Thevenin Equivalent of a Voltage Divider circuit

Discussion in 'Homework Help' started by Fraser_Integration, Jan 31, 2010.

  1. Fraser_Integration

    Fraser_Integration Thread Starter Member

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    Hi there.

    The attached is probably really simple, but I've never thought about Thevenin being used for something like a voltage divider, would just like to confirm my steps:

    I would think V(th) would be the voltage at the output terminals found by usual voltage divider equation: 10V, and for R(th) I would think that if you shorted the voltage source (that isn't there I know, but bare with me) then the two resistors would be in parallel, so effective resistance of: 22k ohms?

    Thanks for looking.
    Fraser

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  2. hgmjr

    hgmjr Moderator Staff Member

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    You are correct.

    hgmjr
  3. Fraser_Integration

    Fraser_Integration Thread Starter Member

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    thanks a lot.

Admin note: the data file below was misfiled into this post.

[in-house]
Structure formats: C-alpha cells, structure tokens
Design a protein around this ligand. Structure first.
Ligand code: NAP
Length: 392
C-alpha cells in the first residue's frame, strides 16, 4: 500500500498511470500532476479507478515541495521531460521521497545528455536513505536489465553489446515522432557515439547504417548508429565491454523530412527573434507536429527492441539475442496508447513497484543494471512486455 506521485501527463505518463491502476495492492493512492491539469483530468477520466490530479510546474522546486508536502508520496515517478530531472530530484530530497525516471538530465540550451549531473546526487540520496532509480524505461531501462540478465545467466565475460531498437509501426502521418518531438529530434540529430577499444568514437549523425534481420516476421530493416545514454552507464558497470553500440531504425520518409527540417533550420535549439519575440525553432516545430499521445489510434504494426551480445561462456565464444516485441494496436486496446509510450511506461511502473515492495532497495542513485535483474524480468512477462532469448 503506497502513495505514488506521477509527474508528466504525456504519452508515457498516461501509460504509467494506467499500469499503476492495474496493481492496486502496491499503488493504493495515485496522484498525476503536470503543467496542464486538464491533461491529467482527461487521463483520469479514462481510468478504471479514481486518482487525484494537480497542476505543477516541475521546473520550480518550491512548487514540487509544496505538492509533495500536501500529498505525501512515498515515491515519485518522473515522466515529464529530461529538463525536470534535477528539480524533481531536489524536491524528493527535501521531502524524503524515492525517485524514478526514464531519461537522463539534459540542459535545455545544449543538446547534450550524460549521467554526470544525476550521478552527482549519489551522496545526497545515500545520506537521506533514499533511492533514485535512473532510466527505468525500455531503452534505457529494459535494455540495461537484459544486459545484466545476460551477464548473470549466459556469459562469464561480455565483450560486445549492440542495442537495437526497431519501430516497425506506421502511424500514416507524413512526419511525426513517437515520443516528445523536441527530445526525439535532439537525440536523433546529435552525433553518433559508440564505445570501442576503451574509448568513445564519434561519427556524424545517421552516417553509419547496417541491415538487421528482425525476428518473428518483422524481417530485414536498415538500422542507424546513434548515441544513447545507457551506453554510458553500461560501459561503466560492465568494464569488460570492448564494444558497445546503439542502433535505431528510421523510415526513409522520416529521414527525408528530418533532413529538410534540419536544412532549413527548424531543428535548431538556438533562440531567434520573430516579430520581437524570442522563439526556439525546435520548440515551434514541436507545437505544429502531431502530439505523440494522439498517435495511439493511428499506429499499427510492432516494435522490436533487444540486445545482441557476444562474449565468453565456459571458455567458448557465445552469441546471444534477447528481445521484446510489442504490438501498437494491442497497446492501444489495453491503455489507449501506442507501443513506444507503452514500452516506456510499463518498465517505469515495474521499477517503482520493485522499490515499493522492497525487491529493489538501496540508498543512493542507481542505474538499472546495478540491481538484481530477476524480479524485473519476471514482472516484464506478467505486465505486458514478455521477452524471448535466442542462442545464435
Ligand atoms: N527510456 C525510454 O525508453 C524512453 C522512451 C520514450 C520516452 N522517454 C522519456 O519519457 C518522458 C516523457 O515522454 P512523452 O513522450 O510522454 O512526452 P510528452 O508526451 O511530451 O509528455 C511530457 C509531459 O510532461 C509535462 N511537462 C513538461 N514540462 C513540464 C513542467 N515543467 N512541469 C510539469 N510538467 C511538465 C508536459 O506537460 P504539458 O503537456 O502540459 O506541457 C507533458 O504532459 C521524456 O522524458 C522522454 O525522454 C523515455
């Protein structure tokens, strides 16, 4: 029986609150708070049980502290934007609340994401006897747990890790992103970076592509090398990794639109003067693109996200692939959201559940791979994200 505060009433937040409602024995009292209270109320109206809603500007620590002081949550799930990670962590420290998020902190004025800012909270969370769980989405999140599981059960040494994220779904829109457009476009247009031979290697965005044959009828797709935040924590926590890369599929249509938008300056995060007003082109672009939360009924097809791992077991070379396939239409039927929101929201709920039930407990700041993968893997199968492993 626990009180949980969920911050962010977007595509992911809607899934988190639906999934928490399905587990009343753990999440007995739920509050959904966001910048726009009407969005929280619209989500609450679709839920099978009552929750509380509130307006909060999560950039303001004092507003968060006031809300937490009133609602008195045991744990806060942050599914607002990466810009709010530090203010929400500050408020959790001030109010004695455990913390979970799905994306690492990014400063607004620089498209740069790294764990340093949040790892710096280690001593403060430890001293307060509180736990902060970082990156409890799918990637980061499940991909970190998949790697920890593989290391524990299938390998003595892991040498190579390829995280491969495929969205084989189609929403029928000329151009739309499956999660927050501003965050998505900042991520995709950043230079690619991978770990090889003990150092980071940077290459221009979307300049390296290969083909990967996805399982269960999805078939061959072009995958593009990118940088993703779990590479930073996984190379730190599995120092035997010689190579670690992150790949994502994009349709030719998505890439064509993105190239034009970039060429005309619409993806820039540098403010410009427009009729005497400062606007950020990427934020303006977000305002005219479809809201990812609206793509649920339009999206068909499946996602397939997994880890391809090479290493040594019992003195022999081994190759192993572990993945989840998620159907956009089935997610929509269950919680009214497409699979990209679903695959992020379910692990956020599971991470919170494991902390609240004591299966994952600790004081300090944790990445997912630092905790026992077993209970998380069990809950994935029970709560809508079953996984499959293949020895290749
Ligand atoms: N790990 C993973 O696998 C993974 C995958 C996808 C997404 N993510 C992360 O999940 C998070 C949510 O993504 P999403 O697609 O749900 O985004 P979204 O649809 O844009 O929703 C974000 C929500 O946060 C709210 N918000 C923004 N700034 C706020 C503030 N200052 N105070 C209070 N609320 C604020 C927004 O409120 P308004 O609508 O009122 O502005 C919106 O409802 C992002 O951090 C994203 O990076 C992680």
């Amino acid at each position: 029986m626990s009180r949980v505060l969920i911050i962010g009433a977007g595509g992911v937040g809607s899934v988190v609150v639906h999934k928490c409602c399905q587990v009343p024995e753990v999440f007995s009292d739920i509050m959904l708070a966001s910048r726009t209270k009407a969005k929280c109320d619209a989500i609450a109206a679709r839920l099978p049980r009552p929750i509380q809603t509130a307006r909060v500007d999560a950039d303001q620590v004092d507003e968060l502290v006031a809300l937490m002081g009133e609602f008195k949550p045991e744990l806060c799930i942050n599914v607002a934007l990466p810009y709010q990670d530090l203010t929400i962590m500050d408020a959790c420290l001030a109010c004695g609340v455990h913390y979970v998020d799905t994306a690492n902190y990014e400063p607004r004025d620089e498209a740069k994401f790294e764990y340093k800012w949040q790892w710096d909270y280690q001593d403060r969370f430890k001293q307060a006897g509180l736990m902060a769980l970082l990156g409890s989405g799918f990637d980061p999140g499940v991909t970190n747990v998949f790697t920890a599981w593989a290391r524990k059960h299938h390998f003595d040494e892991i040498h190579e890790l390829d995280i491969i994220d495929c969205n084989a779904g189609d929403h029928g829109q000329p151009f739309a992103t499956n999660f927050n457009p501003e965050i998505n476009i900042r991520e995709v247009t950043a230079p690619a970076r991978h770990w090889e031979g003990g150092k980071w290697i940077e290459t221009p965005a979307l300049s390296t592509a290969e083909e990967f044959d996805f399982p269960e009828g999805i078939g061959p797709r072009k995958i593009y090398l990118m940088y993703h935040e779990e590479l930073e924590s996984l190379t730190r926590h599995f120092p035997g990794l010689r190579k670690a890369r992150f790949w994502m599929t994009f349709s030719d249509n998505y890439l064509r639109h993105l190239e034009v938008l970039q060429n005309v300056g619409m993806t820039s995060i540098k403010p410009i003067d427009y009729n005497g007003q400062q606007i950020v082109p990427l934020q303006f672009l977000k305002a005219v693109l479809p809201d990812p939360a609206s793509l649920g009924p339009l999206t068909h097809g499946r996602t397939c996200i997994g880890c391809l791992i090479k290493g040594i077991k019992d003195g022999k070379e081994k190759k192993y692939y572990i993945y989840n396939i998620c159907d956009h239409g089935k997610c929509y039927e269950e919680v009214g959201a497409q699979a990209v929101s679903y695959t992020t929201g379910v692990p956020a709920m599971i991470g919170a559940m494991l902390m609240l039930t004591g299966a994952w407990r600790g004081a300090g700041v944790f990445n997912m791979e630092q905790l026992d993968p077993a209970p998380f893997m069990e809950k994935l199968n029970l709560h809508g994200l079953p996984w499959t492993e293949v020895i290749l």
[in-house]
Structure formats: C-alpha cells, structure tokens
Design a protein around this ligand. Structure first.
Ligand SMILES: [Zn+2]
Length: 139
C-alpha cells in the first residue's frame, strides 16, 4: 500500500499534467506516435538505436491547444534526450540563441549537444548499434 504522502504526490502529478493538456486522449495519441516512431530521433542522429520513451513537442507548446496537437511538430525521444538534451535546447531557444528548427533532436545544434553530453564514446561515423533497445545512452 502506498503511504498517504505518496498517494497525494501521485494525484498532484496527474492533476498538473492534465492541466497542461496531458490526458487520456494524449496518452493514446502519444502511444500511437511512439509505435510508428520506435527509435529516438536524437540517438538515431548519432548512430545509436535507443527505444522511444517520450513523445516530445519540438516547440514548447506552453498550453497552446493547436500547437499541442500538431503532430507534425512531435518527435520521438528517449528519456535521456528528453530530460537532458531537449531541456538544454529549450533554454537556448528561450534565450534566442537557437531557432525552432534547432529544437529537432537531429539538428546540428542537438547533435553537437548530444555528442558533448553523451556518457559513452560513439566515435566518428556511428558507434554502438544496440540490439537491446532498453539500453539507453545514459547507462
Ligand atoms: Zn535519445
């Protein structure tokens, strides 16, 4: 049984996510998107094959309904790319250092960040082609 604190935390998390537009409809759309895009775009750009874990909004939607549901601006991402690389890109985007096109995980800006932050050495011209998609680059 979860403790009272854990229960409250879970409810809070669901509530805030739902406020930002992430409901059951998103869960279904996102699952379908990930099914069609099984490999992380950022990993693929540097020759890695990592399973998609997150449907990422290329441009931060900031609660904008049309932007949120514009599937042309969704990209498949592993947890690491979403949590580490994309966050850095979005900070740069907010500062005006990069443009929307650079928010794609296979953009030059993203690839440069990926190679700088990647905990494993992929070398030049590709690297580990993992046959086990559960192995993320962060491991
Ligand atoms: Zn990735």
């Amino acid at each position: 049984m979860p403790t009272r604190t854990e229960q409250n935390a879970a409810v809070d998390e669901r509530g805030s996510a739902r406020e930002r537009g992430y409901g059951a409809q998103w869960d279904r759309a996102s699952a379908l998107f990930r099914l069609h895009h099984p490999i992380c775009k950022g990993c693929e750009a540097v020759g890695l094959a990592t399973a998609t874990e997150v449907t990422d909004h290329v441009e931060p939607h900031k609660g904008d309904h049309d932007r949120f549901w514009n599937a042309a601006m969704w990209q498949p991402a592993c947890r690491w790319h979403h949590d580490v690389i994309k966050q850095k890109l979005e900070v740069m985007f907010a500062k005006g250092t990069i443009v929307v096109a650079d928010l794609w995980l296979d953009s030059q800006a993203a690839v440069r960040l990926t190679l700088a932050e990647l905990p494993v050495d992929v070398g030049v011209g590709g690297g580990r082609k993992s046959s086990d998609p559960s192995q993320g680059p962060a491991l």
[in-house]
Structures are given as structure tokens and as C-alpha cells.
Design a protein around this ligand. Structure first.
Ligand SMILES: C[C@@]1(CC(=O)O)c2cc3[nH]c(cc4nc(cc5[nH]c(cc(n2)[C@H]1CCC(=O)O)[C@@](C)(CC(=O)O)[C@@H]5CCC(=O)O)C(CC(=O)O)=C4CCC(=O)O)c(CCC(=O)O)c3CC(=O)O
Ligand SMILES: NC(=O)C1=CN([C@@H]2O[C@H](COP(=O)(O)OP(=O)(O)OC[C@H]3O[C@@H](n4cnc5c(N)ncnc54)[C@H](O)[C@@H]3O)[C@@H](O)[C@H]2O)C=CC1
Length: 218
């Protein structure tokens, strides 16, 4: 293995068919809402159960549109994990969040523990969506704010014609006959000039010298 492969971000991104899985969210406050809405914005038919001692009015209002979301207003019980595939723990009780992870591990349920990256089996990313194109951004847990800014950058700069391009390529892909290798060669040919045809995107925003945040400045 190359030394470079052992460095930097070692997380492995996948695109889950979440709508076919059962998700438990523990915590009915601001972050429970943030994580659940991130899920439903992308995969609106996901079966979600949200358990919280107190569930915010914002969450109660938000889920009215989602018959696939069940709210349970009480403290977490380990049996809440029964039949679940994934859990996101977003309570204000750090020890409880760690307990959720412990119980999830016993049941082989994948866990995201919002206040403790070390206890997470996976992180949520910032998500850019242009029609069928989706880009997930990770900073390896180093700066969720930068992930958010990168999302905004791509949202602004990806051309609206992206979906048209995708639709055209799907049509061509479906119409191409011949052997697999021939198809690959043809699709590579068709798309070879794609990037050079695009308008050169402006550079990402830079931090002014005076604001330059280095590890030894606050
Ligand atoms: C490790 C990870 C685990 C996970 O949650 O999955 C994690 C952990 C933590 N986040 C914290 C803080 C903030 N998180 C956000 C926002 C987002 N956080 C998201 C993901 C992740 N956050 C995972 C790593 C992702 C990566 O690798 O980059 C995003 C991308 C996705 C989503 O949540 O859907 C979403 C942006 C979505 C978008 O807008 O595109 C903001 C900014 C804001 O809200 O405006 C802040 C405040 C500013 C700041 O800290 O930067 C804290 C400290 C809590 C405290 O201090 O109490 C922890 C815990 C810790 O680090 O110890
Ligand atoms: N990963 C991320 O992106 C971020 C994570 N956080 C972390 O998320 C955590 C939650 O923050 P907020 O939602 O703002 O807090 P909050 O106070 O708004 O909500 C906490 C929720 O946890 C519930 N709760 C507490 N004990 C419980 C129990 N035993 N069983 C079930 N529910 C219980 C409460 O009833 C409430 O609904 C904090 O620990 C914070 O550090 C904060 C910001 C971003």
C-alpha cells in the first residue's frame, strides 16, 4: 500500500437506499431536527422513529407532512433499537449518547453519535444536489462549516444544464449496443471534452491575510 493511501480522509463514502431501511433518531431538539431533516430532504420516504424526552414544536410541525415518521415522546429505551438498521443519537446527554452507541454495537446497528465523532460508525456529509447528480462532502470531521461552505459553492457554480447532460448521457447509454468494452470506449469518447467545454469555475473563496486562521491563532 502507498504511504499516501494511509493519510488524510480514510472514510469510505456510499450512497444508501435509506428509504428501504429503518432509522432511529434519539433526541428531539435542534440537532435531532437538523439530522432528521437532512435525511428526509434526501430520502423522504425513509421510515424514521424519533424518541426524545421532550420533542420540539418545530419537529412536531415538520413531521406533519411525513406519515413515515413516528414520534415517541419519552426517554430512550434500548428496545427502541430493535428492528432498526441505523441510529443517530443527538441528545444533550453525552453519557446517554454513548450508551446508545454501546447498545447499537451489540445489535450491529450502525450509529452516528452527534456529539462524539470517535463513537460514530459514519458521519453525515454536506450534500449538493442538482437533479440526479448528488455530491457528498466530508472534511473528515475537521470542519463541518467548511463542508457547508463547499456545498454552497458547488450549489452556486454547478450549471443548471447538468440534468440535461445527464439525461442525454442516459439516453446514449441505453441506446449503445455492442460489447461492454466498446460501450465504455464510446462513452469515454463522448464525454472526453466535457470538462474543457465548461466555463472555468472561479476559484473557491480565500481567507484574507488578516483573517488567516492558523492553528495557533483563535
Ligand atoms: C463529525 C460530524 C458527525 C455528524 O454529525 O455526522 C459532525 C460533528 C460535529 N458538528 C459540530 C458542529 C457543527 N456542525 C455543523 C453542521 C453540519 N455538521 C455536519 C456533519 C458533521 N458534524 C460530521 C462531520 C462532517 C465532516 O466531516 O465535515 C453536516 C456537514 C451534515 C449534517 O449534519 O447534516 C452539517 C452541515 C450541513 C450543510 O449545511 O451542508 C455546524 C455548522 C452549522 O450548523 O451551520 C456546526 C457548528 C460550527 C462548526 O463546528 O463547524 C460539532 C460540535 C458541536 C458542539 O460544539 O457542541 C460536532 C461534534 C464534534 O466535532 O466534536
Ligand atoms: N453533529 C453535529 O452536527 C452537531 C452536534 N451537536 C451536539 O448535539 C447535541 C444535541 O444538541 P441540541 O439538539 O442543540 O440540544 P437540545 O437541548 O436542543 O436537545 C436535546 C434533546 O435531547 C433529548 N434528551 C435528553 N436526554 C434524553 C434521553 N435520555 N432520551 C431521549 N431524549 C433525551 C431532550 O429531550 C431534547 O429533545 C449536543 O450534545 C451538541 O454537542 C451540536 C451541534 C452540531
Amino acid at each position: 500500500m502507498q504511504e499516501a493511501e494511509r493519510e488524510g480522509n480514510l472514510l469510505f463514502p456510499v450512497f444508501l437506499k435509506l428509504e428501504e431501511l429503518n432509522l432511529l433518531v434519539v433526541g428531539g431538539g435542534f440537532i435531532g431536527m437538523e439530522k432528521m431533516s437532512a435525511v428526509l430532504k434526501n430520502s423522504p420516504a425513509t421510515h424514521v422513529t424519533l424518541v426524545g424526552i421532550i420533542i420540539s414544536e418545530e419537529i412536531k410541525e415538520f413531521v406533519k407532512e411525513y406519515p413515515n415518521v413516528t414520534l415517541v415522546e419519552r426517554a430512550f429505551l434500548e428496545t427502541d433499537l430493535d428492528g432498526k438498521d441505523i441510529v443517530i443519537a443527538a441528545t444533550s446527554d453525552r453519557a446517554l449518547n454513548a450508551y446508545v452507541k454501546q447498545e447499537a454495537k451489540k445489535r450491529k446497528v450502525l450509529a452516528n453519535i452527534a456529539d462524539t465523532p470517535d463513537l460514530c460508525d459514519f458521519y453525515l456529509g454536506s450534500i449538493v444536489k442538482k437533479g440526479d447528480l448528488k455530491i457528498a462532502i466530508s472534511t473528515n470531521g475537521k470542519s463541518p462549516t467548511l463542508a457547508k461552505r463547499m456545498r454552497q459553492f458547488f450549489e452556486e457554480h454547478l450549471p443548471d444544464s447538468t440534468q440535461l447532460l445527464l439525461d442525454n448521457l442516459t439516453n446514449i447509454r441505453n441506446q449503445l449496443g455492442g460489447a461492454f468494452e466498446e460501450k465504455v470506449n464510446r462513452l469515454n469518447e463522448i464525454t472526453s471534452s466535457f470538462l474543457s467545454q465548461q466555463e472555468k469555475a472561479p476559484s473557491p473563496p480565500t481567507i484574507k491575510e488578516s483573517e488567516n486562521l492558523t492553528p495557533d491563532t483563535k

you can delete the thread to de-clutter if you like.
  4. hgmjr

    hgmjr Moderator Staff Member

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    No problem. We can let it stand. Other members/guests may benefit from it.

    Knowing how to solve for Thevenin's Voltage and Resistance is the first step. To really understand Thevenin's Theorem, it is important to realize how to apply it analyzing a circuit.

    hgmjr
  5. thyristor

    thyristor Member

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    Possibly a better way of understanding the Thevenin equivalent is to consider that the circuit is inside a closed box so that you cannot see the components and that all you have access to are the Vout terminals.

    All you can then measure is the open circuit voltage and the short circuit current. If you could then construct a circuit that gave the identical open circuit voltage and the identical short circuit current, then you would have built an equivalent circuit.

    So the open circuit voltage is (as you correctly stated)
    15 x R2/(R1 + R2) = 15 x 66/99 = 10v

    If we short the output terminals, then the short circuit current is 15/R1 = 15/33 = 0.45A

    Therefore there appears to be a resistor inside the box of 10/0.45 = 22K fed by a 10v source.

    In algebra, the o/c voltage is Vcc x R2/(R1 + R2) and the s/c current is
    Vcc/R1

    Therefore the equivalent resistance is
    Voc/Isc = Vcc x R1R2 / Vcc(R1 + R2)

    which is R1R2/(R1 + R2) or the two resistors in parallel.

    So the closed box is equivalent to a 10v source with a 22k series resistor
  6. Fraser_Integration

    Fraser_Integration Thread Starter Member

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    Thank you thyristor, that explanation would read better than my made up voltage source.
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